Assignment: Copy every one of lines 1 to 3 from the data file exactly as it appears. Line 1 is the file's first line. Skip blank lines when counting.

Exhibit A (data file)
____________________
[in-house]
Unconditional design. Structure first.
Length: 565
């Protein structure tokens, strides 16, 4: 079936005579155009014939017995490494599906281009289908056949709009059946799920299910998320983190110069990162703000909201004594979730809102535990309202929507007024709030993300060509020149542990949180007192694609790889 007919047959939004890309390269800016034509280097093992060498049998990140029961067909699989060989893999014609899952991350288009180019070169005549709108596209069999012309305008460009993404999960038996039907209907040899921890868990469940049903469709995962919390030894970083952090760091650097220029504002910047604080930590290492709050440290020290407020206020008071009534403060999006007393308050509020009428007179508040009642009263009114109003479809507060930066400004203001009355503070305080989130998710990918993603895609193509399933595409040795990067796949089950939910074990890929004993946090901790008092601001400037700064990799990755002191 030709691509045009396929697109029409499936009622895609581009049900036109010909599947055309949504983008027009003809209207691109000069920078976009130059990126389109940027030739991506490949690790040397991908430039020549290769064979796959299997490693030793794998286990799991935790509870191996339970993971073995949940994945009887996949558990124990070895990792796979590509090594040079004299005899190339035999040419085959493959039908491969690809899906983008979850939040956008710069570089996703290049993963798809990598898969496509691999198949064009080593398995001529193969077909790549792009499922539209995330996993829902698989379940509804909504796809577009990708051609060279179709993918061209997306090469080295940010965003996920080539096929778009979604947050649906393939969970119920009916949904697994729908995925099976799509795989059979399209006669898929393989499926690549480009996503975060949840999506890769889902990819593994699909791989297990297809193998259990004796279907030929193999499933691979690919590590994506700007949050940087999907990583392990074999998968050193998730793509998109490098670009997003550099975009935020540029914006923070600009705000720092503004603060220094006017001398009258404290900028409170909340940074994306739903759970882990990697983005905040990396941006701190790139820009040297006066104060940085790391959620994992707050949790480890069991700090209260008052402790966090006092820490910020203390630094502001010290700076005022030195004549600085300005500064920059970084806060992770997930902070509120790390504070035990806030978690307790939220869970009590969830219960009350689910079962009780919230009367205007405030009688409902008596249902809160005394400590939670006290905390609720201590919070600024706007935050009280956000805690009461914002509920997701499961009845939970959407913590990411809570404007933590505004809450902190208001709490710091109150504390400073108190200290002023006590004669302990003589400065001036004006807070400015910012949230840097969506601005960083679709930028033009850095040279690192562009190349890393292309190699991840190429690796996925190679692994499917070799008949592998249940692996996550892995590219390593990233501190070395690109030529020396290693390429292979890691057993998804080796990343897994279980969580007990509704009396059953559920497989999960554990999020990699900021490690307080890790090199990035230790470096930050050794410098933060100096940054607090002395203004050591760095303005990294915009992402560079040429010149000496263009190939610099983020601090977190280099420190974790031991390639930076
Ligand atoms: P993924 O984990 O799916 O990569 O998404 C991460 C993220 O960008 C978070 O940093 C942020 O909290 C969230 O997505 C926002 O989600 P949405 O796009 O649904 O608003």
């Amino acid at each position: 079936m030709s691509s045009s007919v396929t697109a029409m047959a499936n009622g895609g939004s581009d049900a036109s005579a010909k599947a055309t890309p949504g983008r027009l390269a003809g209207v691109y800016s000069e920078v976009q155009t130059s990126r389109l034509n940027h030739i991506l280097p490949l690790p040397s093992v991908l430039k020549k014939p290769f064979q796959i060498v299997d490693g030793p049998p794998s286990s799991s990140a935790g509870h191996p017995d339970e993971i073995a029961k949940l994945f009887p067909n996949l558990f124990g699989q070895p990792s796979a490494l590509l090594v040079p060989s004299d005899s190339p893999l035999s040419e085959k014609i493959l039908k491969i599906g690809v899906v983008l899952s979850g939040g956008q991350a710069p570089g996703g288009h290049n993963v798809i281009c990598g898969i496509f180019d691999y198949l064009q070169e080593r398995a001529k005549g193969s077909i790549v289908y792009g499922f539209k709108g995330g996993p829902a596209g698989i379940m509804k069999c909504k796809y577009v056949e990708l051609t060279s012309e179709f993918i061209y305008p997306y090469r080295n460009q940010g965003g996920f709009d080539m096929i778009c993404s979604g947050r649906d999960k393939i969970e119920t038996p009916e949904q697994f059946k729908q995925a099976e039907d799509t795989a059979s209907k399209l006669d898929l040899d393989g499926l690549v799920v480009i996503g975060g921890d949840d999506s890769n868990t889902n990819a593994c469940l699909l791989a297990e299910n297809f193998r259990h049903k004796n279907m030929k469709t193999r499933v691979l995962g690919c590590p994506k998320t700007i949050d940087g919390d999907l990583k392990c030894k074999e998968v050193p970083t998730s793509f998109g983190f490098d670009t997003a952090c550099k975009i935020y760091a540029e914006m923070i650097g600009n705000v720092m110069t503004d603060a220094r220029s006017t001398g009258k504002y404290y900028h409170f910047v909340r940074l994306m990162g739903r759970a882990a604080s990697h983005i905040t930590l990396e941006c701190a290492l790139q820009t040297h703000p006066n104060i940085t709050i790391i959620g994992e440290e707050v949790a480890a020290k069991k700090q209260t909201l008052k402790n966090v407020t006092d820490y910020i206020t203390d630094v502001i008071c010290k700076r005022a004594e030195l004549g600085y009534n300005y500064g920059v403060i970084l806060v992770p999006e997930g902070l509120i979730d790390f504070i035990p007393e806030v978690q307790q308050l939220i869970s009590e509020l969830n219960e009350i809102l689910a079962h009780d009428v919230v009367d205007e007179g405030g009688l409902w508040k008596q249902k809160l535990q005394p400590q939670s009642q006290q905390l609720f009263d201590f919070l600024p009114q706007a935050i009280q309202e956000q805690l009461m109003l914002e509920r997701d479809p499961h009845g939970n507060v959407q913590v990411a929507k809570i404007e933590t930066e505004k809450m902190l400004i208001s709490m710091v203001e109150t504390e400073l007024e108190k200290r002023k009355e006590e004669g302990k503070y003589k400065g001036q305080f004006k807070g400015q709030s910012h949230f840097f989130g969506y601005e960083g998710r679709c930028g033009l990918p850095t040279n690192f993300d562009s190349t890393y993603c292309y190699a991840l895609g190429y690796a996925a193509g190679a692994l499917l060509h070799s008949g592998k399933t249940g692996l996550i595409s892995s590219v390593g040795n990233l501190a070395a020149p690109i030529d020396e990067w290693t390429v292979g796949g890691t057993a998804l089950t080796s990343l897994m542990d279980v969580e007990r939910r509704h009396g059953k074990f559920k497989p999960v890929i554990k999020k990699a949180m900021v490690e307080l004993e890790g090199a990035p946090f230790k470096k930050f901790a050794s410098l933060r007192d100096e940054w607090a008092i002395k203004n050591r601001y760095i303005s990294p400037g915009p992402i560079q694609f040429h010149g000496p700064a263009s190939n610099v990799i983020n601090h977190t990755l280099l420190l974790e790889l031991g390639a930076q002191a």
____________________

[in-house]
Unconditional design. Structure first.
Length: 565